The sequel to The Cutting Room, auctioneer Rilke has been trying to stay out of trouble, keeping his life more or less respectable. Business has been slow at Bowery Auctions, so when an old friend, Jojo, gives Rilke a tip-off for a house clearance, life seems to be looking up. The next day Jojo washes up dead.
Jojo liked Grindr hook-ups and recreational drugs—is that the reason the police won't investigate? And if Rilke doesn't find out what happened to Jojo, who will?
The tendency of reality, in its roughest form, to interrupt the most painstakingly choreographed of our lives’ arrangements is another constant at the heart of this novel ... 'We half walked, half waltzed along'. This wouldn’t be a bad description of the way the novel’s plot unfolds, swirling off at seeming tangents, always finely, if precariously, poised. Rilke’s narrative voice, with its constant flow of dry and quirky observation, keeps the reader enthralled. And so does the plot ... The Second Cut is exhilarating in its wit, its sophistication and its freewheeling energy, but most of all in being so bracingly down-to-earth.
I confess I was a little concerned when I heard about this sequel – revisiting past glories can be problematic – but it is a good and gripping novel, and does new things with the material ... The question that immediately faces the reader is whether these disparate plots are somehow going to converge, or whether they are parallel stories. As such, it is an effective technique to hold the reader. Something – many things – are suspicious, but do they all point in the same direction? ... Skill is meaningless without intent, however, and Welsh gives Rilke a line that seems to define the whole novel: 'Illegality I can cope with, cruelty I can’t'. That could be used as an aphorism to delineate 'noir'. Is this the last of Rilke? I am too long in the tooth to make predictions, but I would not be averse another installment at all.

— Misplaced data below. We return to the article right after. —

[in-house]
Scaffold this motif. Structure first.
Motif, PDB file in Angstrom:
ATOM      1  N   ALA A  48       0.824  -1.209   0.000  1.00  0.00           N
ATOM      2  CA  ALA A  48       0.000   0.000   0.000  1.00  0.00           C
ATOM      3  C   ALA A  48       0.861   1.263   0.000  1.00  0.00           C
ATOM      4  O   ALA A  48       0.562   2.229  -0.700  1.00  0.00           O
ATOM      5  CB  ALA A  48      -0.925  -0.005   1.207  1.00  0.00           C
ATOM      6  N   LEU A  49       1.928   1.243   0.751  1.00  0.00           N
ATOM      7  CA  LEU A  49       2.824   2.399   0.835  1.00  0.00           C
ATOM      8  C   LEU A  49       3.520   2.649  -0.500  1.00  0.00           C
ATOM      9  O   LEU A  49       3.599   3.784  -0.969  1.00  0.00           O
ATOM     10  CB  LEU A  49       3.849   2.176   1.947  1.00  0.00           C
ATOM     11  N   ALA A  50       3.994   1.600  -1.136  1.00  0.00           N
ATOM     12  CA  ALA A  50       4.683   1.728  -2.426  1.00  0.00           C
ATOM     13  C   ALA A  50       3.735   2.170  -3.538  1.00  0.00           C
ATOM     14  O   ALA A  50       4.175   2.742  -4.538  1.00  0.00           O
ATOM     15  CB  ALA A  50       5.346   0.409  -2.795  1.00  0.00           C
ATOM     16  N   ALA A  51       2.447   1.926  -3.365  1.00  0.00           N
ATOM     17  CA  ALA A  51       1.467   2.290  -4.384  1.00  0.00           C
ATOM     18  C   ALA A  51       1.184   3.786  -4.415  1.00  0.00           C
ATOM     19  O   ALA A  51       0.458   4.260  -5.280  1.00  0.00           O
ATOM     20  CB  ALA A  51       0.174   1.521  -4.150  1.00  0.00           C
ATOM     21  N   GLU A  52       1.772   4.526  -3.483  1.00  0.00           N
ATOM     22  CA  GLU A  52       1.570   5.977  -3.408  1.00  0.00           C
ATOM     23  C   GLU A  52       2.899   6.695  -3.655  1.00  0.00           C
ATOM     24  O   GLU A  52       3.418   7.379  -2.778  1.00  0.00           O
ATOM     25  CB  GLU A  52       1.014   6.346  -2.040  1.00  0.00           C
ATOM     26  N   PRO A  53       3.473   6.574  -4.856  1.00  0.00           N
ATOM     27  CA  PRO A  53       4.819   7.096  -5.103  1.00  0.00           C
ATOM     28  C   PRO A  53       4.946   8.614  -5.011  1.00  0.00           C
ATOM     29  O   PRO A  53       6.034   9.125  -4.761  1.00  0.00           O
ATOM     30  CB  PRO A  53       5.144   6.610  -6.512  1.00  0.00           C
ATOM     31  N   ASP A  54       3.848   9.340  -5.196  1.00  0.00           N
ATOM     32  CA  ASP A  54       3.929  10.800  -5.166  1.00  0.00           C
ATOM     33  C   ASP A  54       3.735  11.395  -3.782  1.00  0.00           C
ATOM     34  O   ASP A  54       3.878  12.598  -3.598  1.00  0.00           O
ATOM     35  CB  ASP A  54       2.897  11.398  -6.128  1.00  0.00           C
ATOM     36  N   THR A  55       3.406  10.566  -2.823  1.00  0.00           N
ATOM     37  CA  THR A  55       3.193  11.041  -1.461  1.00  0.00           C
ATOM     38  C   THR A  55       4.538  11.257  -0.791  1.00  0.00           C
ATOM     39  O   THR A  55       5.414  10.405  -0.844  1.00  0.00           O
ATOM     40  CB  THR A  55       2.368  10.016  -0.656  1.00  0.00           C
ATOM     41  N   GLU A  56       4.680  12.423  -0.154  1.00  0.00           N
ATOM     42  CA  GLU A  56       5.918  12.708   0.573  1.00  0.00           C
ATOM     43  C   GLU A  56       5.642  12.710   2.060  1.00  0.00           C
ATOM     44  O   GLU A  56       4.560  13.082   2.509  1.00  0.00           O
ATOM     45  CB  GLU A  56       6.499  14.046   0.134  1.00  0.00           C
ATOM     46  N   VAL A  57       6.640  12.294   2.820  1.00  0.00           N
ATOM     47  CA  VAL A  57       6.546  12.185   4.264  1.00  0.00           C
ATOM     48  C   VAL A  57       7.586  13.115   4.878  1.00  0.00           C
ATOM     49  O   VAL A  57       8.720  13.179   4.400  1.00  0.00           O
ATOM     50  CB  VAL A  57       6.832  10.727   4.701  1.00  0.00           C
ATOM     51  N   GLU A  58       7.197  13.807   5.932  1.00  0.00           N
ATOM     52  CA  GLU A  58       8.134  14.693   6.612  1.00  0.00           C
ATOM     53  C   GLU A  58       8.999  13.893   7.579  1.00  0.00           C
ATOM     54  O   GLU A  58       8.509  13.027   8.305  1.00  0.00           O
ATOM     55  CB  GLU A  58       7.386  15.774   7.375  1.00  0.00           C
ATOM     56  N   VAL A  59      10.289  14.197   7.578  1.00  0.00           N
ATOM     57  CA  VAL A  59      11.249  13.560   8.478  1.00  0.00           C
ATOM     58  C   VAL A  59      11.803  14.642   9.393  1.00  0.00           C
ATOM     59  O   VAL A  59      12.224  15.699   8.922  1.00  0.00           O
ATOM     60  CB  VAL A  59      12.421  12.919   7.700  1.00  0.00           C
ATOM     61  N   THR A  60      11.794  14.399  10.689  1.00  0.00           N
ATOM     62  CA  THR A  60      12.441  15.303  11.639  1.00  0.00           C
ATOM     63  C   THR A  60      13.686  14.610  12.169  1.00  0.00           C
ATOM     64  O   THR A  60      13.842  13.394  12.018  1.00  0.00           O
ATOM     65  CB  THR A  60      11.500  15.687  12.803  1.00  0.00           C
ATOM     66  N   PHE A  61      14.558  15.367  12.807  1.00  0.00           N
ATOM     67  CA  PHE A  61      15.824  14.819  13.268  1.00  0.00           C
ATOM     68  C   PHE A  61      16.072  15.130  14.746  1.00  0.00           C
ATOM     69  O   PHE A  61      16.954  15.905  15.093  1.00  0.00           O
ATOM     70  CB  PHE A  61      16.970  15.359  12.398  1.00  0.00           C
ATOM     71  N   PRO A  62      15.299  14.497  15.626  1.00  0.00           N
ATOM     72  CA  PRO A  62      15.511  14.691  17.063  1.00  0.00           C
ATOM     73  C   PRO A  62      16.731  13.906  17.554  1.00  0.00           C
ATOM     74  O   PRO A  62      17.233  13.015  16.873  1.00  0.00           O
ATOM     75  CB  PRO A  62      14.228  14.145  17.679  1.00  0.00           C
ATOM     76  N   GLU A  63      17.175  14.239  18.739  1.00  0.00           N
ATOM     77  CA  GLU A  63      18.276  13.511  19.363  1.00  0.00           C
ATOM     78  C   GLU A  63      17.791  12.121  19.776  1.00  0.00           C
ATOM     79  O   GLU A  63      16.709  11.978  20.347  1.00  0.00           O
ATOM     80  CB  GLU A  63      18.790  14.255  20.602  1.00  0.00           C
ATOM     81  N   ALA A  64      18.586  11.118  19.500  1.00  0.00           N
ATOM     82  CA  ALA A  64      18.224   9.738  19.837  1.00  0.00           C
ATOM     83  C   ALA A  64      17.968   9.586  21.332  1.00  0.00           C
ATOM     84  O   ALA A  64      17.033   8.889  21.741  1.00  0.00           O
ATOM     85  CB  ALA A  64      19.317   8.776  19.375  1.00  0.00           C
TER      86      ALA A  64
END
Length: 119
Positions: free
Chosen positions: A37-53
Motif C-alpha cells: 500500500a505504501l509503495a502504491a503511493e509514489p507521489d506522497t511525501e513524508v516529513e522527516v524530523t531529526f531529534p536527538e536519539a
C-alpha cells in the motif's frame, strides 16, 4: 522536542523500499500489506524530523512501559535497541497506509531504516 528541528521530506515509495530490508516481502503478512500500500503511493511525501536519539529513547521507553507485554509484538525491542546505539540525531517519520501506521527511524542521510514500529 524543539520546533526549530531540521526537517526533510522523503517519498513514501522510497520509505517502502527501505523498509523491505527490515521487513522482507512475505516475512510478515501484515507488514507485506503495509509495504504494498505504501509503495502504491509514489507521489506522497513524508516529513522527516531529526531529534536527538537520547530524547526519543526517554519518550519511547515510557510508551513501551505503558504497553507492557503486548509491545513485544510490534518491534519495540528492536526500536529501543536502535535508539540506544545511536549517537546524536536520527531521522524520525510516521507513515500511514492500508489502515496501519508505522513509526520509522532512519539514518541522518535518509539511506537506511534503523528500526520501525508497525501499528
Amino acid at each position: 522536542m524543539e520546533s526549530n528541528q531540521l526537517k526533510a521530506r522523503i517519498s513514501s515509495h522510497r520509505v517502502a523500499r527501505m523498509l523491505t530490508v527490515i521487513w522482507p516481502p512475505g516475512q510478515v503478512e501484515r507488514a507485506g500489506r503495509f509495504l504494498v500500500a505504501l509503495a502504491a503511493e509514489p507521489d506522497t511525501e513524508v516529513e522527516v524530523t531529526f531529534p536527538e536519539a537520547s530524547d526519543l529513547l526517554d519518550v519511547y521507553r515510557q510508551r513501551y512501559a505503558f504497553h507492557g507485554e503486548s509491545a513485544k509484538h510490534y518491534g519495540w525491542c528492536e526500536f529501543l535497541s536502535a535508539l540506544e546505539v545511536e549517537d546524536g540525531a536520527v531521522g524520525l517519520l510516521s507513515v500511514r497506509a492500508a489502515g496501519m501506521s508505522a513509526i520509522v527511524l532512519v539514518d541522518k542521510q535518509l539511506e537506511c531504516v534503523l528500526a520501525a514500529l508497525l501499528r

Would The Second Cut incite the strength of feeling as The Cutting Room – a book once read, never forgotten? ... Rilke remains a striking character ... Although as contemporary as any recent novel in terms of its references and commentary on the modern world, the feel of The Second Cut remains gothic and unsettling. Few writers have married literary fiction with crime as Welsh has done in her fiction, and The Second Cut is a reminder of this. This is noir as it should be – literary, licentious, and leaving you wanting more.